Whatever you decide, Jane should know what the process is and what to expect and when. Keeping Jane informed and updated on progress helps to keep the process transparent, and Jane is assured that a fair process is in play.

Depending on the nature of the allegation, it may be appropriate to keep Jack updated about the process. However, you need to be mindful of privacy and confidentiality, so be careful about what you disclose.

• Response – allow the person under investigation the opportunity (and

reasonable time) to respond to the allegation.

You must give Jane the opportunity to respond to the allegation and provide her response. This brings balance to the investigation.

The person under investigation should be given a reasonable length of time to consider, digest and respond to all the evidence gathered. What is ‘reasonable’ will depend on the circumstances.

• Independent – the investigation must be impartial.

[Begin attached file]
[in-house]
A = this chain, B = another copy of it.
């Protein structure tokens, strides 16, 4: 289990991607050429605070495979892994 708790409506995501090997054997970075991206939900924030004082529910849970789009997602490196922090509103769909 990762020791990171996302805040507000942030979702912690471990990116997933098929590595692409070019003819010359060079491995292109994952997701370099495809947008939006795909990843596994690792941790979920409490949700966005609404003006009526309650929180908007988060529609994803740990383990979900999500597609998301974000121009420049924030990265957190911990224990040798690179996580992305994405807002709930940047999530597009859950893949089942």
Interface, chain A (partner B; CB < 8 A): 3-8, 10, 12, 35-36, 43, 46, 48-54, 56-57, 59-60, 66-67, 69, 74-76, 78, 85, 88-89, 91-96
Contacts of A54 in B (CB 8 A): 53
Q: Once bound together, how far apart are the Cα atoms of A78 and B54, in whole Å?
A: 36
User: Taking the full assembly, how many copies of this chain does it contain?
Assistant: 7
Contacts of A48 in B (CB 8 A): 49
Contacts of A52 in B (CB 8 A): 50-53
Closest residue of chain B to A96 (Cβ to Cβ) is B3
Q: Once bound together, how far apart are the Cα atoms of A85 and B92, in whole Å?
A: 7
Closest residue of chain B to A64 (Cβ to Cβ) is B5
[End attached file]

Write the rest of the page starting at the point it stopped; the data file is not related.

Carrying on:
Impartiality is crucial. In some cases, it may not be appropriate to carry out an investigation inhouse. This may be due to actual or perceived bias or conflicts of interest for the person who would be carrying out the investigation.

If there are any concerns about impartiality (or lack of), it is best to acknowledge these issues at the outset and take steps to appoint an independent investigator.

• Confidentiality – keep all gathered information confidential.

Investigations must respect the privacy of everyone involved, and you must keep the information gathered confidential.

Making the decision – head, heart and gut

Once the investigation is complete, it’s time to make the decision about what happened.

Good decisions are evidence-based. All the evidence must be considered, but irrelevant information (or evidence relating to matters beyond the scope) should be disregarded.